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Probably the most famous component of regularly recommended car care is changing the oil, but it is highly likely that you have heard people recommending that you get a tune-up occasionally as well. However, while oil changes are frequently advertised by the roadside, tune-ups seem to be a bit less common. If you have been wondering what exactly a tune-up is and what the average tune-up cost is, you are not alone. A tune-up tends to cost between $40 and $150, but in some cases the cost could be $800 or more, depending on what a tune-up consists of. Understanding what a tune-up exactly is and the proper cost of a tune-up is important.

What is a Tune-Up?

Essentially, a tune-up is a catch-all phrase for inspecting and performing preventative maintenance on the parts of your vehicle that are the most likely to need replacing. The reason why the term is so vague is that what exactly is being checked and what will need to be replaced depends heavily on your car, where you have driven it, and other factors specific to your car and the way you drive it.

There are many pros to getting a tune-up, and consistent maintenance on your vehicle will help it last longer and keep the price of overall maintenance down. Failing to keep on top of basic maintenance can result in costly repairs that could have been avoided. Maintaining your vehicle can also help performance and fuel economy.

When you go in for a tune-up, it is likely that one of the components checked will be the air filter. Generally speaking, an air filter should be replaced at least once a year, though depending on where you drive your vehicle (for example, if you drive on a lot of dirt roads), you may need to have it replaced more often.

If an air filter is not replaced when necessary, the engine will not receive the amount of air it needs to run optimally. This in turn will cause the air-fuel mixture inside of your engine to run rich, which means that it has too much fuel in the fuel-to-air ratio. Not only does this waste fuel, it can potentially cause other parts of your vehicle to fail earlier than necessary.

A tune-up should also involve looking at the spark plugs and cleaning them. If you have an older vehicle with manual ignition, a tune-up may involve looking at the rotor and the distributor cap. Fuel filters may need to be replaced during a tune-up, as well as spark plugs, wires, the PCV valve, or the oxygen sensor.

Again, the nature of tune-ups depends on your car. If you happen to have a car that runs platinum spark plugs, as is common with most modern vehicles, it is likely they will not need to be replaced as often as the general variety of spark plug found in older vehicles. If you have an electronic ignition, you are not going to need to have a rotor or distributor cap replaced as these do not exist in cars with electronic ignition systems.

Depending on your situation, a tune-up may also reveal bigger problems with your vehicle that need to be addressed. The mechanic should do a check of all your vehicle’s general systems, such as the brakes, clutch, and air conditioning systems. Different cars require different levels of maintenance, so it is important to check your owner’s manual to advise the mechanic to look at certain systems during the tune-up.

You may also choose to have an oil change at the time of your tune-up but remember that an oil change should happen multiple times a year while a tune-up typically only needs to happen once.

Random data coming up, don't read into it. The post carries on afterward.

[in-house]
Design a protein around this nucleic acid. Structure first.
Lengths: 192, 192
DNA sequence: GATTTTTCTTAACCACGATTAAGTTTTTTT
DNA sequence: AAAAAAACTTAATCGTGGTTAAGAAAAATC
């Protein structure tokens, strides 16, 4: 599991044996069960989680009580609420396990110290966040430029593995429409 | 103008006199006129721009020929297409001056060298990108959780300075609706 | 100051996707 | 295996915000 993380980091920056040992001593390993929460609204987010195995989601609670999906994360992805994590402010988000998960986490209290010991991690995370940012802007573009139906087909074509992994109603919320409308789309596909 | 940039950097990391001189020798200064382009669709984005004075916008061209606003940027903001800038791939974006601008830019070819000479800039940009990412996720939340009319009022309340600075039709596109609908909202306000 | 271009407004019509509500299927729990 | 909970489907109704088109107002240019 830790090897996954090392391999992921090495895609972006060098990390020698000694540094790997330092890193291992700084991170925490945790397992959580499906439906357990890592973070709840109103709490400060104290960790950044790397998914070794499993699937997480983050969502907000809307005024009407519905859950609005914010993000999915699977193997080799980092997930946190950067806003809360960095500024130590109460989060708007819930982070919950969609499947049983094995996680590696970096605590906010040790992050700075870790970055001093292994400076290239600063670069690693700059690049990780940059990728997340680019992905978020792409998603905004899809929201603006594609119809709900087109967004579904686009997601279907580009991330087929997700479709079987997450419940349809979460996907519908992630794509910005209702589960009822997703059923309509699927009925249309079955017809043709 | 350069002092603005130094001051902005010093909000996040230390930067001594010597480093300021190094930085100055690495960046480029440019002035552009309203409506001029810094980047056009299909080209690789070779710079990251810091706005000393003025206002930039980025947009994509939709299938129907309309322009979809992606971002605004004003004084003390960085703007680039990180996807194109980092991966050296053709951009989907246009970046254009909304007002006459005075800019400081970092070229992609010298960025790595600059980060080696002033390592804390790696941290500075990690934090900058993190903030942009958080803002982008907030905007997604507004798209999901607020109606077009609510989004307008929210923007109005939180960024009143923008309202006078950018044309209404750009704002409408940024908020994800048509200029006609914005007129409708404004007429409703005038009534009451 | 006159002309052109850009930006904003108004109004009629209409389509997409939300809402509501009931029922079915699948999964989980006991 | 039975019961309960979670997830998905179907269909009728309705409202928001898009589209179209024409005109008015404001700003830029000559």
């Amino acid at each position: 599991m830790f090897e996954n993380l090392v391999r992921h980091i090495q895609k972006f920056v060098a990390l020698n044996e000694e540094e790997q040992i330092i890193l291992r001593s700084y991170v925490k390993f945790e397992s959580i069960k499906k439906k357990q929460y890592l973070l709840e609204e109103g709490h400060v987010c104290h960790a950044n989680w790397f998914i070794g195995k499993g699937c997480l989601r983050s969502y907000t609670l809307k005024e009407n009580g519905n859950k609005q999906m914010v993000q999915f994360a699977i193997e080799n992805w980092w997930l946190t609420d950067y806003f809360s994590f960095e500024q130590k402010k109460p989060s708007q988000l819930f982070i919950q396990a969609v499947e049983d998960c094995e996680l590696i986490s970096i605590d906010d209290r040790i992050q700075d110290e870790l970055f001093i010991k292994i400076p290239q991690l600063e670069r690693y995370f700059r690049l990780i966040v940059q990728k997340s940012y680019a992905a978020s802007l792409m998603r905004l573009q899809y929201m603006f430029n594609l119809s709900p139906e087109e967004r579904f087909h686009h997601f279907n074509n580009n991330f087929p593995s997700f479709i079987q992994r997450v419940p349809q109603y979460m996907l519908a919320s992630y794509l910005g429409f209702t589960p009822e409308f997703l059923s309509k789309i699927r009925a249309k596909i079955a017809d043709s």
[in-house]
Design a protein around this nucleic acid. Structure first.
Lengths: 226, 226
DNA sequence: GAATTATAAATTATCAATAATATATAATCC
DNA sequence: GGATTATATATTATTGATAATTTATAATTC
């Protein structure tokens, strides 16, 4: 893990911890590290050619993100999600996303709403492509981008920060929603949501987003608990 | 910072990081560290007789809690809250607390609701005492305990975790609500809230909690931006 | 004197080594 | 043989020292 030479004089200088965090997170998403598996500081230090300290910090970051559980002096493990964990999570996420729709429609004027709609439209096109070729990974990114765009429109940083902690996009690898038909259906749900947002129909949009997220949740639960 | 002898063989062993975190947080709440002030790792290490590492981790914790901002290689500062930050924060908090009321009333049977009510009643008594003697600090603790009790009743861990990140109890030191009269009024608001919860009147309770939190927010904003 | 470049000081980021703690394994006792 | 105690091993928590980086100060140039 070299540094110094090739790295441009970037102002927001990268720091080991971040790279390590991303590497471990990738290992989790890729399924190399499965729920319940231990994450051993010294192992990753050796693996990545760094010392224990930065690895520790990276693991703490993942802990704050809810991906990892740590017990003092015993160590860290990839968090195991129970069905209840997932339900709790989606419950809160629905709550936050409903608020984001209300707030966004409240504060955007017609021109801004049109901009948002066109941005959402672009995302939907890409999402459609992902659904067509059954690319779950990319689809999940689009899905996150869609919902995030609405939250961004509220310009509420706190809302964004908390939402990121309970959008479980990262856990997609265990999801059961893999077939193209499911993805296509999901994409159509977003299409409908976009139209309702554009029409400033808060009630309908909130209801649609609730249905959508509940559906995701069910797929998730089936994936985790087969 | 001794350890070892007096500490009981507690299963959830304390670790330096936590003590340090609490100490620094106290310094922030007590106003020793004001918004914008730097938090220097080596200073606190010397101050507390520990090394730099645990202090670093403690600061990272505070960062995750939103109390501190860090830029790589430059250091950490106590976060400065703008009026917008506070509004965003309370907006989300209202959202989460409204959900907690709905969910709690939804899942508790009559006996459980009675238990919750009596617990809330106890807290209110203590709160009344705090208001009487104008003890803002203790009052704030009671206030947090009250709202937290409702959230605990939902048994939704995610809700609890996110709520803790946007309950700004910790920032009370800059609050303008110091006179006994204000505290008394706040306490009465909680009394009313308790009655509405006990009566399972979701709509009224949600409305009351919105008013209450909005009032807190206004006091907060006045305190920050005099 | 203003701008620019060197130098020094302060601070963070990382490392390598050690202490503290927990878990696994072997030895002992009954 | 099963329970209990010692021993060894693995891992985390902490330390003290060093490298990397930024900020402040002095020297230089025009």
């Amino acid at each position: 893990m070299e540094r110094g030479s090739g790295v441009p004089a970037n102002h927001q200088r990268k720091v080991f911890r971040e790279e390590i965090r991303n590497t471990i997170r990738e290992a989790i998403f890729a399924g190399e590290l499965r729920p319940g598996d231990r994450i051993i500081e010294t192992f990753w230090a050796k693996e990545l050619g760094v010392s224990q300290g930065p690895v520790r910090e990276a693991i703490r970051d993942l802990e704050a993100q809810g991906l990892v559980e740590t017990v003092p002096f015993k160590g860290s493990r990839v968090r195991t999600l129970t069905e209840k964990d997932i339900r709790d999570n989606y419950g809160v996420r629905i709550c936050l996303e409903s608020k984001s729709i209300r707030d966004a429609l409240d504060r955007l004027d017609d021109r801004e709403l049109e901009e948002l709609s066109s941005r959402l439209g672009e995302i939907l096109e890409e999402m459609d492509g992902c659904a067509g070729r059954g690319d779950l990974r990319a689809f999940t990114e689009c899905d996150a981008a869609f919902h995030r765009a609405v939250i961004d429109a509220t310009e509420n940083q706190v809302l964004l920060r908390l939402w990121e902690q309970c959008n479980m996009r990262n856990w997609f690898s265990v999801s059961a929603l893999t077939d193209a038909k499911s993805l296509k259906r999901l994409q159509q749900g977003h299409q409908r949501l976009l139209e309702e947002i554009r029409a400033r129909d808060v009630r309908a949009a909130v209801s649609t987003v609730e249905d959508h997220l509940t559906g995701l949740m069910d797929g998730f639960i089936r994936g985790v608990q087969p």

How Much Does a Tune-up Cost?

Your car tune-up cost depends on multiple factors. The cost of a very basic tune-up will run between $40 and $150 depending on where you are. This variety of tune-up tends to focus on spark plugs alone and spark plug replacement. However, if you want a full tune-up involving an oil change, air filter check, distributor cap check, rotor check, PCV valve check, fuel filter check, and all systems getting a cursory examination, this variety of tune-up may cost between $200 and $800.

The overall cost of your tune-up will depend on the hourly rate of mechanics in your area as well as the cost of parts that need to be replaced. It is typically cheaper to get a tune-up at a regular repair shop as compared to a dealership.

If you happen to have an older vehicle or a classic vehicle, expect to pay more for a tune-up. Particularly if your car is over 120,000 miles, you may be looking at a cost of $500 to $1200 or more depending on what exactly needs to be replaced on the car.

It is a good idea to comparison shop before taking your car in for a tune-up. Make sure that when you call the mechanic asking for a price quote that you ask exactly what is included in the tune-up. You may also want to ask about discounts: some shops offer coupons relatively frequently, particularly for new customers.

If you really want to save money, many people do basic tune-ups at home. Keep in mind that if your car has a computer system in it is unlikely you will be able to DIY a check up on the computer without specialized tools, but basic maintenance of spark plugs and air filters can be done at home for a fraction of the price.

What are Some Signs My Car Needs a Tune-up?

While tune-ups should be part of the yearly basic maintenance of your vehicle, there are some signs that your car may need to be taken in immediately for one. If you notice that your average gas mileage has dropped considerably, it is time to schedule a tune-up. Other signs that it is time for a tune-up include a lit Check Engine Light, frequent stalling, strange “knocking” noises coming from the engine, or general “roughness” while driving your vehicle.

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